Tuesday, July 10, 2012

My Dilemma

I received a message from the editor at Silver Boomer Books this morning. She would like to include a patriotic poem I'd submitted for their new anthology A Quilt of Holidays. 

It's always nice to find news of an acceptance. But this one left me with a decision to make. The Flag Day poem I submitted is 51 lines. The editor would like to reduce it to 11 lines by using only the opening and closing stanzas.

My first thought was that is like eating a sandwich with no meat in the middle. She wants to cut 41 lines of my precious words, lines I'd labored over.  No writer likes to give up words, so a decision needs to be made.

I must decide if the pluses are greater than the minuses. Who do I hurt most by either withdrawing it or allowing it to be published as is? It's not a great scholarly work by any means, but it's my piece and so it's important to me. I've read the version the editor wants to use. It does work, although the first verse is 6 lines and the second one only 5. That bothers me. In the full poem, there was a mixture.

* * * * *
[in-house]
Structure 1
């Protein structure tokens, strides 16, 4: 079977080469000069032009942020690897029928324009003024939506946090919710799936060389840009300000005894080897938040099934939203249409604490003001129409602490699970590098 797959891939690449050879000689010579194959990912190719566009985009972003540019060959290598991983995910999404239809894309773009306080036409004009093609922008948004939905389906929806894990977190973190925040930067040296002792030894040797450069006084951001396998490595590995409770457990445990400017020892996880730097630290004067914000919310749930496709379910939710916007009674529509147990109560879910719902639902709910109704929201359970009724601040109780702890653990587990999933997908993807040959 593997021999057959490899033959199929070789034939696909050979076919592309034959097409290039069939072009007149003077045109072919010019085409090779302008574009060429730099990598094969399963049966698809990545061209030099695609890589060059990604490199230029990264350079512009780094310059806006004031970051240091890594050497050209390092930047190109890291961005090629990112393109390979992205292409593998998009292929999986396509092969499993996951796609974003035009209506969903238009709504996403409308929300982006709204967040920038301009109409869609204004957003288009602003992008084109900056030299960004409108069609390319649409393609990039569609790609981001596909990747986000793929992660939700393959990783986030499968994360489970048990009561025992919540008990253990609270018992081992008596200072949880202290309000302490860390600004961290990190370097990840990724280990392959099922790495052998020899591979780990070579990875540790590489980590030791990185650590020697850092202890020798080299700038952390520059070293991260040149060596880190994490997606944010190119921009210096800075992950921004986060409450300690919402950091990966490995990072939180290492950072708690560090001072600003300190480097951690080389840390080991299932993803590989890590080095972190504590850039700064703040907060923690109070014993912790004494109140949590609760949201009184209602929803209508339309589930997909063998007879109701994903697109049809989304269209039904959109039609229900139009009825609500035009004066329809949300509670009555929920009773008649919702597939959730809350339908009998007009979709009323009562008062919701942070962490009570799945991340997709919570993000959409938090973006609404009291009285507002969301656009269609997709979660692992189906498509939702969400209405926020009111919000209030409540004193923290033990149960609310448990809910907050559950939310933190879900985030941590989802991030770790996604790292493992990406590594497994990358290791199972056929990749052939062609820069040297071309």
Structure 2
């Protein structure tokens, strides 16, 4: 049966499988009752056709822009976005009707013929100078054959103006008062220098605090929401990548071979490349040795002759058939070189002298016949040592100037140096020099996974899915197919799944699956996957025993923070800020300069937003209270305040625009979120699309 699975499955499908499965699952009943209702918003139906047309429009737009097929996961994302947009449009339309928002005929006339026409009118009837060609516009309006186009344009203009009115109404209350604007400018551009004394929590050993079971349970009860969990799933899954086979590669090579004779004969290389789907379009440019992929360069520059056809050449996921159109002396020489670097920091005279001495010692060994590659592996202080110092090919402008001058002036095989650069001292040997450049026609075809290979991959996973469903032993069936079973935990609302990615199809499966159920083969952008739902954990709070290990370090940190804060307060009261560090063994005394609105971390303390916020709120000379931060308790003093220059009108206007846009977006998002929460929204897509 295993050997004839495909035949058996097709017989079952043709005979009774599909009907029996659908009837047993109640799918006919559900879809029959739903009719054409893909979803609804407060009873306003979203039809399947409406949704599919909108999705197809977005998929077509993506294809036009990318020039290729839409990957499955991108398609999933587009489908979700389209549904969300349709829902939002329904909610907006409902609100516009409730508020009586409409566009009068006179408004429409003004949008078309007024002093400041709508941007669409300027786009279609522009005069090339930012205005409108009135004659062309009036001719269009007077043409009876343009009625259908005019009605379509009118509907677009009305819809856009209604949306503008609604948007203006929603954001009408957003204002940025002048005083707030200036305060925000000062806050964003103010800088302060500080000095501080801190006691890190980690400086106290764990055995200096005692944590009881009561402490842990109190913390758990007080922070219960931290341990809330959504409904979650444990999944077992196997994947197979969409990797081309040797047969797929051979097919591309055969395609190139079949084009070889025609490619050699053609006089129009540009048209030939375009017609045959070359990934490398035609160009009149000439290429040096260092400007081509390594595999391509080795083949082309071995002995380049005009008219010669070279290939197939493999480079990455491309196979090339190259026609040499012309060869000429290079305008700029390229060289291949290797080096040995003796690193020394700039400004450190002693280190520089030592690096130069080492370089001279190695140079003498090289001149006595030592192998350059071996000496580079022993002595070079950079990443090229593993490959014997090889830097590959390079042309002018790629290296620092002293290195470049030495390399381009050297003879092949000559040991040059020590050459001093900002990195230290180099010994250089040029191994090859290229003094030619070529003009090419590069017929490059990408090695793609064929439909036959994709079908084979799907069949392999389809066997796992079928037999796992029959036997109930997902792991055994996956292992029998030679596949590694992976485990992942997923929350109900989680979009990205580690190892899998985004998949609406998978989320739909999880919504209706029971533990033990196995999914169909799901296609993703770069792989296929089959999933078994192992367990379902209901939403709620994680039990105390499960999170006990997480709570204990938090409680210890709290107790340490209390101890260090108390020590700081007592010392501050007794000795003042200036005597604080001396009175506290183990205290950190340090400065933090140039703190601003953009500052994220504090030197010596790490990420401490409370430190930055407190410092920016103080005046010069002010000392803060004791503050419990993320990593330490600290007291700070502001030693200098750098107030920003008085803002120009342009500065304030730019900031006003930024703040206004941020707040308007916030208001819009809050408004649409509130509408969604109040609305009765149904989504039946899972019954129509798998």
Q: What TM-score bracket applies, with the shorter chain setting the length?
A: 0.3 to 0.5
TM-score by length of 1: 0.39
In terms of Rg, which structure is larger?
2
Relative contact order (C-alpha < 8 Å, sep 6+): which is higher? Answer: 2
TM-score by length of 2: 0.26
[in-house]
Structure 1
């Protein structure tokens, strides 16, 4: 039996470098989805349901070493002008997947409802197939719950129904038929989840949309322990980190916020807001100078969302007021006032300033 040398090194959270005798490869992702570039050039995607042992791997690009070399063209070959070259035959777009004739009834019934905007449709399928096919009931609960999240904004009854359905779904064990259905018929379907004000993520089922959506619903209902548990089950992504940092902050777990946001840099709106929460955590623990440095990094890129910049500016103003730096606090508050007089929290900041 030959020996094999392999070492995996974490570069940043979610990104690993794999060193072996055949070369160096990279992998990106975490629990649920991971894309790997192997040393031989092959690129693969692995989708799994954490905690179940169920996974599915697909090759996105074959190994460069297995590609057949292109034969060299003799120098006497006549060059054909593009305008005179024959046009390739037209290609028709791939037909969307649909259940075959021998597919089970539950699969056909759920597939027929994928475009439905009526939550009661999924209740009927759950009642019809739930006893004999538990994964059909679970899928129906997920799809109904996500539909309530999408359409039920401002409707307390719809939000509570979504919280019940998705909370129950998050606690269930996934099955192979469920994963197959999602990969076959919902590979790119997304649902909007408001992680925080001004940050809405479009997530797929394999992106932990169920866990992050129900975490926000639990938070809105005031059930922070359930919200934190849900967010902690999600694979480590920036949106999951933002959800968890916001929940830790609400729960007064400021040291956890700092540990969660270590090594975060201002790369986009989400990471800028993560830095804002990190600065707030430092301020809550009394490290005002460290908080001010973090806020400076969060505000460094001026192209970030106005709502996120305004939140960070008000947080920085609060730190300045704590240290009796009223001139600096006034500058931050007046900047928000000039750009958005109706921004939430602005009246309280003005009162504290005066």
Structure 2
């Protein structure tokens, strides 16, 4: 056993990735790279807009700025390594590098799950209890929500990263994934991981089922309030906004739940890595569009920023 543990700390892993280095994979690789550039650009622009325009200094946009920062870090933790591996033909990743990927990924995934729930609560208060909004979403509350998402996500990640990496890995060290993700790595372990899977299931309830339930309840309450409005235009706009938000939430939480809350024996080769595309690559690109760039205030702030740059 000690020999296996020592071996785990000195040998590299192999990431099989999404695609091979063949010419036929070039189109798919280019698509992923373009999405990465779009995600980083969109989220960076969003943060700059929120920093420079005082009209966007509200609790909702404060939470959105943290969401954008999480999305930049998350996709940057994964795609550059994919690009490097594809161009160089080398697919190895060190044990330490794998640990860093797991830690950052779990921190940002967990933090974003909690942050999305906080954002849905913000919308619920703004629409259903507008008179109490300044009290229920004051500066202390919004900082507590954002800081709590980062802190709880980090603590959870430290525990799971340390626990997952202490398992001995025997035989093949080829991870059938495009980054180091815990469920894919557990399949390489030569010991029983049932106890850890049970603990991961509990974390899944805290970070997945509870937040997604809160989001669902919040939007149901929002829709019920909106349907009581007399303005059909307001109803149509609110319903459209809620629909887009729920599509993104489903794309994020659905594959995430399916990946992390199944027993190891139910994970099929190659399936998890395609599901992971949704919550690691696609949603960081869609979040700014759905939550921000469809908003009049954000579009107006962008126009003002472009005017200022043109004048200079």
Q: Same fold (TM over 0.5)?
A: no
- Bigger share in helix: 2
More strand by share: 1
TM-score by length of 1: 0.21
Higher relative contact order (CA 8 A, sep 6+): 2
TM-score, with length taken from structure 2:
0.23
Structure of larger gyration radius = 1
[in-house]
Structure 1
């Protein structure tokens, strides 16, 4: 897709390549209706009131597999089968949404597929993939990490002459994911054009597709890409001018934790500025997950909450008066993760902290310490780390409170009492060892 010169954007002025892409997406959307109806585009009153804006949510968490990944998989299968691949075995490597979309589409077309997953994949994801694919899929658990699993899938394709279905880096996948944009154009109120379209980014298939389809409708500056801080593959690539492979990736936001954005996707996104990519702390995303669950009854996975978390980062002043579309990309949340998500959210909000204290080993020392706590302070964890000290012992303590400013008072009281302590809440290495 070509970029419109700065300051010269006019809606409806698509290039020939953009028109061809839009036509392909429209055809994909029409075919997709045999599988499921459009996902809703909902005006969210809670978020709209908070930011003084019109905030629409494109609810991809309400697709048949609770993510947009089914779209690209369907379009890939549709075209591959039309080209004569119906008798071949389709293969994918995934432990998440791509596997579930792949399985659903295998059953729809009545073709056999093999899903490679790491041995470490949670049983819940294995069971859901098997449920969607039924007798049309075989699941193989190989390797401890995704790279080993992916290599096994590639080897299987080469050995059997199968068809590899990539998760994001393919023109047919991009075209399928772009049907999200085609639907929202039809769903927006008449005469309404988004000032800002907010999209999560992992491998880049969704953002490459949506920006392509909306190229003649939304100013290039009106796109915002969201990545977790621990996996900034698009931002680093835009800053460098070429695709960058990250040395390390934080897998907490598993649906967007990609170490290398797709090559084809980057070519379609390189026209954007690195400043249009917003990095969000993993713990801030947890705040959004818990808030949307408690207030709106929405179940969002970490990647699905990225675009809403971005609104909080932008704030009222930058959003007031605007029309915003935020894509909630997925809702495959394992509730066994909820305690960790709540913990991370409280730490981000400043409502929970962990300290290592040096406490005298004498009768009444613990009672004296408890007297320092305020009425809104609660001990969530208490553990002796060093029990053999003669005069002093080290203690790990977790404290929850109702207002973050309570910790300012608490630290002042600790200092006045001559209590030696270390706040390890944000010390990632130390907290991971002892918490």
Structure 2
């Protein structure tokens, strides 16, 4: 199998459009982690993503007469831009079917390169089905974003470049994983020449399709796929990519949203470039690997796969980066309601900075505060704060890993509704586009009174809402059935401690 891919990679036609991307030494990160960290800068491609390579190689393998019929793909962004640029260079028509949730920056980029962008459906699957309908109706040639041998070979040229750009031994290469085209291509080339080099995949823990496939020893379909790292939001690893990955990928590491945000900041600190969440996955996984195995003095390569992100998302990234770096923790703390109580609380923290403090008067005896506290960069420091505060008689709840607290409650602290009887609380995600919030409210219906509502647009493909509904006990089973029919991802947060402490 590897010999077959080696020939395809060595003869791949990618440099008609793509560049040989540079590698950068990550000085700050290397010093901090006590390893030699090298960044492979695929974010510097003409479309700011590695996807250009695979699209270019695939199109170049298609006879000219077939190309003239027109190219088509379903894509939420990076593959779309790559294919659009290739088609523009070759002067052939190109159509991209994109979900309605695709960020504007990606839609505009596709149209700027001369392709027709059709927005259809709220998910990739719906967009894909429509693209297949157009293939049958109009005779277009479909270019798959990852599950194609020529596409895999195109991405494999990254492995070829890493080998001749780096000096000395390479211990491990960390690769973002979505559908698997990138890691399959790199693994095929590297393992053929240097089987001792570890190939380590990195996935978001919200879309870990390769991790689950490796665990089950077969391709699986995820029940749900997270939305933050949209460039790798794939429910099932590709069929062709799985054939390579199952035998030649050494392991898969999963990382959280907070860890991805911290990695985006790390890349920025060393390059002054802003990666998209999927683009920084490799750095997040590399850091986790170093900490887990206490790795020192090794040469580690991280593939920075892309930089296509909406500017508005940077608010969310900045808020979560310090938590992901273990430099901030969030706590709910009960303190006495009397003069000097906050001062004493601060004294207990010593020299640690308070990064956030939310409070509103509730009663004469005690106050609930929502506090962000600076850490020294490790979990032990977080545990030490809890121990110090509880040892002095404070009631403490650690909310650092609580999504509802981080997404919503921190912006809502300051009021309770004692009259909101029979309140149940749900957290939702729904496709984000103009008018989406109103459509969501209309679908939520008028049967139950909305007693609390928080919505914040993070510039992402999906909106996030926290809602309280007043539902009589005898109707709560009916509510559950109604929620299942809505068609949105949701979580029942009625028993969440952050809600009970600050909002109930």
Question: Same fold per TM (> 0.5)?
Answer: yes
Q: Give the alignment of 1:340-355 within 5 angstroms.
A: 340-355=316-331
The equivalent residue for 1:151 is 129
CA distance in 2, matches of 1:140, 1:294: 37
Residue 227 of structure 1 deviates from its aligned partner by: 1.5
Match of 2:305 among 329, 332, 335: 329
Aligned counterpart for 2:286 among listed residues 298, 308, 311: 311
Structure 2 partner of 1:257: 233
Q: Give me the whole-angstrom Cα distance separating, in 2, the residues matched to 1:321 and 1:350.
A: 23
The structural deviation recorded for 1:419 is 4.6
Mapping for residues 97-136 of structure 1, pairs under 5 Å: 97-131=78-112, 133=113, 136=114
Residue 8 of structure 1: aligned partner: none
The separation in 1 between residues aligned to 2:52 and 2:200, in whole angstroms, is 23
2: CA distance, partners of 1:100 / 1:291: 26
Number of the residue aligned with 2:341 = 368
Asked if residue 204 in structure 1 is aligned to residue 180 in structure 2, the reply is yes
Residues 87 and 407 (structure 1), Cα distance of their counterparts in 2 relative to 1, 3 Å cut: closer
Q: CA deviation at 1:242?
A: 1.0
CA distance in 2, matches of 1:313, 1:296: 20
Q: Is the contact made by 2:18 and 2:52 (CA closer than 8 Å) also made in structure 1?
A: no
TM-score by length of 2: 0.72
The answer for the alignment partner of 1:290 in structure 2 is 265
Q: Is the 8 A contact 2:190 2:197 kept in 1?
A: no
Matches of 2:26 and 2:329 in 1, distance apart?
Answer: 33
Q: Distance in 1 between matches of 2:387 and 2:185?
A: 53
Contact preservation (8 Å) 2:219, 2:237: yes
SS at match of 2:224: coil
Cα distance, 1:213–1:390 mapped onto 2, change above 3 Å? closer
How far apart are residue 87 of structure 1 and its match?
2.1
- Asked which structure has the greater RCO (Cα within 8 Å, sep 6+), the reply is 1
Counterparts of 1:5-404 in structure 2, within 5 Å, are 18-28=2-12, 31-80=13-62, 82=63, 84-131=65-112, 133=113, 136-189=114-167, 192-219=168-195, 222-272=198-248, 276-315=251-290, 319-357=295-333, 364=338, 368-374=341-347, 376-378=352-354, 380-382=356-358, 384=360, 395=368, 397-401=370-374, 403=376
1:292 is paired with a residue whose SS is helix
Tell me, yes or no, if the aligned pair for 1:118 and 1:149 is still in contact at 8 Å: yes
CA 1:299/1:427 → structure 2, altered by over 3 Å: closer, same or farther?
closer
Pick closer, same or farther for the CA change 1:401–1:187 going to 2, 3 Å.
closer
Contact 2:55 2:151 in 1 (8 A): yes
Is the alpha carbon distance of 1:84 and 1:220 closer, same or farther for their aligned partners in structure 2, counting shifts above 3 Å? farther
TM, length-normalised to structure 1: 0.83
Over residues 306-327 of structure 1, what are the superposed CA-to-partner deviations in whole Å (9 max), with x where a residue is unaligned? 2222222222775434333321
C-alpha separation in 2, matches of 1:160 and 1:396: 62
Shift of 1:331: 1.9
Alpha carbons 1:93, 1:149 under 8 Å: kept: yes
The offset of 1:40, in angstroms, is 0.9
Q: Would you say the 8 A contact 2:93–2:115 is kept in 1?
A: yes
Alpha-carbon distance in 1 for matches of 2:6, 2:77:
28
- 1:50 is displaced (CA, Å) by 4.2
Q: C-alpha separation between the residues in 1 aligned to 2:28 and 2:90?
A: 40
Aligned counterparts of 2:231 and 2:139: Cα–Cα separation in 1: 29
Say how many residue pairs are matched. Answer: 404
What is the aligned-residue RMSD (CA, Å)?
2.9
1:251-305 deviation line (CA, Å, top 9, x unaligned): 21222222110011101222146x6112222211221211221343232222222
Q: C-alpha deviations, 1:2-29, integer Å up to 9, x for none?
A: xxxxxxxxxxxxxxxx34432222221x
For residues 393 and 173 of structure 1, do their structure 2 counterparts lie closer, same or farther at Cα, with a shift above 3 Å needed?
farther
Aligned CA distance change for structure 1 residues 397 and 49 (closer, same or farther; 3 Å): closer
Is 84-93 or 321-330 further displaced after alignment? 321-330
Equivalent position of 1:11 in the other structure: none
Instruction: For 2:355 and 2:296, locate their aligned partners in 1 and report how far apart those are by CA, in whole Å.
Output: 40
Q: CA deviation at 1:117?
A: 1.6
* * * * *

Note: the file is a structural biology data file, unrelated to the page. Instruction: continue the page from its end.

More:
Editors sometimes hold out the carrot on a stick, ready to pull it back pretty fast if the writer is not in agreement with the proposal. The writer can make a choice, but it's the editor who has the upper hand. Still, I can also negotiate a bit with the editor. Because editors are of varied personalities, just like writers, we don't know if they are even willing to have the back and forth conversation needed. Even so, i'ts worth a try but needs to be done with some finesse and without the writer acting defensive. It's difficult to be objective about our own writing, but we'll get a lot farther in negotiating if we are.

As for my situation--I think I am going to try to add one more line to the second stanza so that the verses are more balanced, then present it to the editor. If she likes it, then I'll sign the contract. I still have the lengthier poem that can be submitted elsewhere and I'll be published in more anthology. I think I just solved my dilemma.

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